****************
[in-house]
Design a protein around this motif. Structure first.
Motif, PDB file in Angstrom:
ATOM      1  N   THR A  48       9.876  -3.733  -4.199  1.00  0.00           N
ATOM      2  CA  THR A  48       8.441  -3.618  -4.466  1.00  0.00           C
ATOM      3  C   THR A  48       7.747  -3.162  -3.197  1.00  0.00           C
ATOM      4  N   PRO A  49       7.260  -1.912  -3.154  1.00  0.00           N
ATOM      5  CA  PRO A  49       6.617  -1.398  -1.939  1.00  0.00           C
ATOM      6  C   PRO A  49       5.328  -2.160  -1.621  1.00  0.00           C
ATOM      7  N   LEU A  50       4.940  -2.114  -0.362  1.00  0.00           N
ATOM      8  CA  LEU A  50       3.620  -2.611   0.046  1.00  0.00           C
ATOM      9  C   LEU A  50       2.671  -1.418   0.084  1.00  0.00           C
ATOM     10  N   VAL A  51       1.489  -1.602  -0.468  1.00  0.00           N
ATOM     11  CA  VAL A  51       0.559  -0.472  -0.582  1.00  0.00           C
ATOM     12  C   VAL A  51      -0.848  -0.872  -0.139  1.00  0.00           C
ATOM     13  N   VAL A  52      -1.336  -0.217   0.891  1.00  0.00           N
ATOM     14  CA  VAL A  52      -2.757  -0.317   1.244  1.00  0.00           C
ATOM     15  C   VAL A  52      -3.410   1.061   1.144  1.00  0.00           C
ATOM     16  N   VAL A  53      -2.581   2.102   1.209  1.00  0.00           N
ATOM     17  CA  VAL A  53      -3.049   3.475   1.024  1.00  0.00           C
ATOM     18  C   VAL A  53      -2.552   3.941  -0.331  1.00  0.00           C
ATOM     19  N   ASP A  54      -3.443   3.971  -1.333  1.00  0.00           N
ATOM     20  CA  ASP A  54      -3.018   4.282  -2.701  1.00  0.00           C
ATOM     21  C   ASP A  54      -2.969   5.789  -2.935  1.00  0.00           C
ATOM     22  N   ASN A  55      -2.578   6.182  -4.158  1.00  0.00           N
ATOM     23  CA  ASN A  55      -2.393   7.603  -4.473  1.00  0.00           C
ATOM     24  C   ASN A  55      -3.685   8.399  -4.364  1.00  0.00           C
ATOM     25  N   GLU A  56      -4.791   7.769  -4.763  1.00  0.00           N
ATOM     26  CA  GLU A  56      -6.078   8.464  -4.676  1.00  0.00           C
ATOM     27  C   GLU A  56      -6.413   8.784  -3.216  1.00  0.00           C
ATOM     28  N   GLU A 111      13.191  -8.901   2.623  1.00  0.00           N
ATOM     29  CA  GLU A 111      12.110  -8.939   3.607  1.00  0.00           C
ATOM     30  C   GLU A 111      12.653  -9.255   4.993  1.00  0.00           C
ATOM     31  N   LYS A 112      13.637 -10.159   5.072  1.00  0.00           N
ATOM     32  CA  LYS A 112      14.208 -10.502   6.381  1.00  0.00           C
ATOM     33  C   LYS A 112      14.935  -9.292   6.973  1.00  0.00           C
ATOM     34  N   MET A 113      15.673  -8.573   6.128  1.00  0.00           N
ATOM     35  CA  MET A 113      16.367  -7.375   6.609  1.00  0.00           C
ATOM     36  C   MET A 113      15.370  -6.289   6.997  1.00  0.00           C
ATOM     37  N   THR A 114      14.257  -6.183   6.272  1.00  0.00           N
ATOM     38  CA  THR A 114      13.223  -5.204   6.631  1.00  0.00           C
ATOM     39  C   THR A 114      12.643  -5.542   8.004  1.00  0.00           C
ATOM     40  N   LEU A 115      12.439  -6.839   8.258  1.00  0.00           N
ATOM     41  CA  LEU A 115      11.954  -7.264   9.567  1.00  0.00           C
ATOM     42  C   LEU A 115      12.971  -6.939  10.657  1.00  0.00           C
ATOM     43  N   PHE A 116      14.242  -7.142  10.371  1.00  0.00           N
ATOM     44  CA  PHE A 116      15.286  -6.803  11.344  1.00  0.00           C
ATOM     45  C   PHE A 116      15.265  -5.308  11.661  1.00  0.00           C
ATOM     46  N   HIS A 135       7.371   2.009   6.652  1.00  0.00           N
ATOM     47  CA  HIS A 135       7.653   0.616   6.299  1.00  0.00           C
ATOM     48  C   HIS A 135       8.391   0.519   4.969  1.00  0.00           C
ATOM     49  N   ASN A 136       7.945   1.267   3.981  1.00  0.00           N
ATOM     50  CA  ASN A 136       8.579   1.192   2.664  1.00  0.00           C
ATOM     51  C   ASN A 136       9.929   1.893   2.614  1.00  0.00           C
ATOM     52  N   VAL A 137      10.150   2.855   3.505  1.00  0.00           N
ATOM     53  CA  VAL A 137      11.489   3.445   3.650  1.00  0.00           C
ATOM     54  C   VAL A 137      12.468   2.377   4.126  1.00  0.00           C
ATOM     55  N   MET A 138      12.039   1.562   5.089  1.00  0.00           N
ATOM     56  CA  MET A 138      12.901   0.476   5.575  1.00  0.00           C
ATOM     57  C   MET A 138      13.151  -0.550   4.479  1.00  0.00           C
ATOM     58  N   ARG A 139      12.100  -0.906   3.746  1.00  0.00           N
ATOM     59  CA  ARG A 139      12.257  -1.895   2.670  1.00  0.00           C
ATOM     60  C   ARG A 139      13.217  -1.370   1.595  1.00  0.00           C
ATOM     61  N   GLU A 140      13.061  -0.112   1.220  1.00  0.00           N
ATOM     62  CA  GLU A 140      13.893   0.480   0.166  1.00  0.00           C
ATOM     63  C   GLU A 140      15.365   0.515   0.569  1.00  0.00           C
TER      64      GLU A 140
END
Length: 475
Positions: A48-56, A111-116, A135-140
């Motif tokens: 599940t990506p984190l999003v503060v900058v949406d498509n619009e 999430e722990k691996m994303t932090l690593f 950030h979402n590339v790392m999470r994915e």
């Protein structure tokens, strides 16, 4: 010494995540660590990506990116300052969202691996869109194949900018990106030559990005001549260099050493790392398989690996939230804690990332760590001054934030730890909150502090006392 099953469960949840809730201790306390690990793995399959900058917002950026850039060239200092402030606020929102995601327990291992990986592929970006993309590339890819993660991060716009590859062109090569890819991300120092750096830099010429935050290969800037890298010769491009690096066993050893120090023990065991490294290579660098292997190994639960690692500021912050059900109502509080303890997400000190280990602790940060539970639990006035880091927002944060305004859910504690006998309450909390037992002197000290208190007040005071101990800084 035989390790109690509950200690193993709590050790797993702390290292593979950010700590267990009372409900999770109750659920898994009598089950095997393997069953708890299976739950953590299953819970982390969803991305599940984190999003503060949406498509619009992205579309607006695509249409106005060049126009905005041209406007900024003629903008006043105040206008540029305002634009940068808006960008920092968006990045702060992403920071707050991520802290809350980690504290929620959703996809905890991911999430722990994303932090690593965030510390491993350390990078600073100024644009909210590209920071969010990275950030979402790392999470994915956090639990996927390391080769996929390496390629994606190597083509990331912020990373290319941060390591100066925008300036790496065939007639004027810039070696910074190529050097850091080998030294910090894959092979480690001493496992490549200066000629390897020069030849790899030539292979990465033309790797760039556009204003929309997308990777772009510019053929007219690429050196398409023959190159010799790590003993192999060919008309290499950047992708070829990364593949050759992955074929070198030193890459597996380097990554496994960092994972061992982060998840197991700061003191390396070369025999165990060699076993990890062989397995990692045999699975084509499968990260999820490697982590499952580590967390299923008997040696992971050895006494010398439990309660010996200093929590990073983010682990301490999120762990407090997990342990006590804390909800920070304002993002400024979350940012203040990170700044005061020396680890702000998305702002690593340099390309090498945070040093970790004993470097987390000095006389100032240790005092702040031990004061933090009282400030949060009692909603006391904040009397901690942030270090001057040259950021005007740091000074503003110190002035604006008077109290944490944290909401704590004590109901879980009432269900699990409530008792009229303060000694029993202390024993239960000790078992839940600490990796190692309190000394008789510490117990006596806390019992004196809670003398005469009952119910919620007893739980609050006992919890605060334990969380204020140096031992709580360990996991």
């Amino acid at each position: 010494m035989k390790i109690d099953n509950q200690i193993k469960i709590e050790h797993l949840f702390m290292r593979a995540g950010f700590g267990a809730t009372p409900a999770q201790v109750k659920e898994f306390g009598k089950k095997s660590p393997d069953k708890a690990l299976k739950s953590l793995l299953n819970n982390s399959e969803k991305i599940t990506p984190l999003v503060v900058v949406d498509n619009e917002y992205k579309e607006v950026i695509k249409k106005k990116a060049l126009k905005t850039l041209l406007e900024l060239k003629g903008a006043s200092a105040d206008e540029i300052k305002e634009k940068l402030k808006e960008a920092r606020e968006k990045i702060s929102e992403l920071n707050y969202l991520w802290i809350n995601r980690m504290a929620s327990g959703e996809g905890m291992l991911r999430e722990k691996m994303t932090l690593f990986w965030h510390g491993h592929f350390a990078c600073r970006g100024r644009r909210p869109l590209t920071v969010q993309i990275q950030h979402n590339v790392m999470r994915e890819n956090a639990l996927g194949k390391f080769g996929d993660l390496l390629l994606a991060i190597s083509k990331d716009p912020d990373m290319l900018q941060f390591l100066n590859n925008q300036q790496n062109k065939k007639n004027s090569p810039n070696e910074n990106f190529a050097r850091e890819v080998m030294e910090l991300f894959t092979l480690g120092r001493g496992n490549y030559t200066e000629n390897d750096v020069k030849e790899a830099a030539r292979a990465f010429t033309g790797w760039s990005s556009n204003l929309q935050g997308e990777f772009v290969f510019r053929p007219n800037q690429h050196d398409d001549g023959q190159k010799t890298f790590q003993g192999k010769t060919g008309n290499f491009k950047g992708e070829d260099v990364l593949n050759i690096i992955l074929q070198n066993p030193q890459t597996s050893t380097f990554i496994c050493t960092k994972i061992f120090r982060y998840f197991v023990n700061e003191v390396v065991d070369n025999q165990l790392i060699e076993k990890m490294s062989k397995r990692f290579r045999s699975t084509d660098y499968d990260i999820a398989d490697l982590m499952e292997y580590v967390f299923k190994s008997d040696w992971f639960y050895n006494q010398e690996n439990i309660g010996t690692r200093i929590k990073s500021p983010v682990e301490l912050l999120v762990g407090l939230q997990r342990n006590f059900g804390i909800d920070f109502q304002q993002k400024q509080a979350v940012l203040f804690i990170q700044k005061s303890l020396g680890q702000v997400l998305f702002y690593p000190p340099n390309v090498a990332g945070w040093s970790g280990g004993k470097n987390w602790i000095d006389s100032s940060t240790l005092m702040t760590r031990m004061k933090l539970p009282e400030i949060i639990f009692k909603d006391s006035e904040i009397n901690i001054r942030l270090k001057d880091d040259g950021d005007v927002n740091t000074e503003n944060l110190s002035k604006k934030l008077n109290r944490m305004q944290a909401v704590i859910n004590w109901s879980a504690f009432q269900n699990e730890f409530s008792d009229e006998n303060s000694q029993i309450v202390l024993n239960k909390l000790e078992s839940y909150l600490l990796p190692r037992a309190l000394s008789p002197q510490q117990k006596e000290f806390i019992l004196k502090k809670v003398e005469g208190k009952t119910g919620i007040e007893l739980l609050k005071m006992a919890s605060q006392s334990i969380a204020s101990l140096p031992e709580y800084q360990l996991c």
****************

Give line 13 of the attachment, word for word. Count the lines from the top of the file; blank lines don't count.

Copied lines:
ATOM     10  N   VAL A  51       1.489  -1.602  -0.468  1.00  0.00           N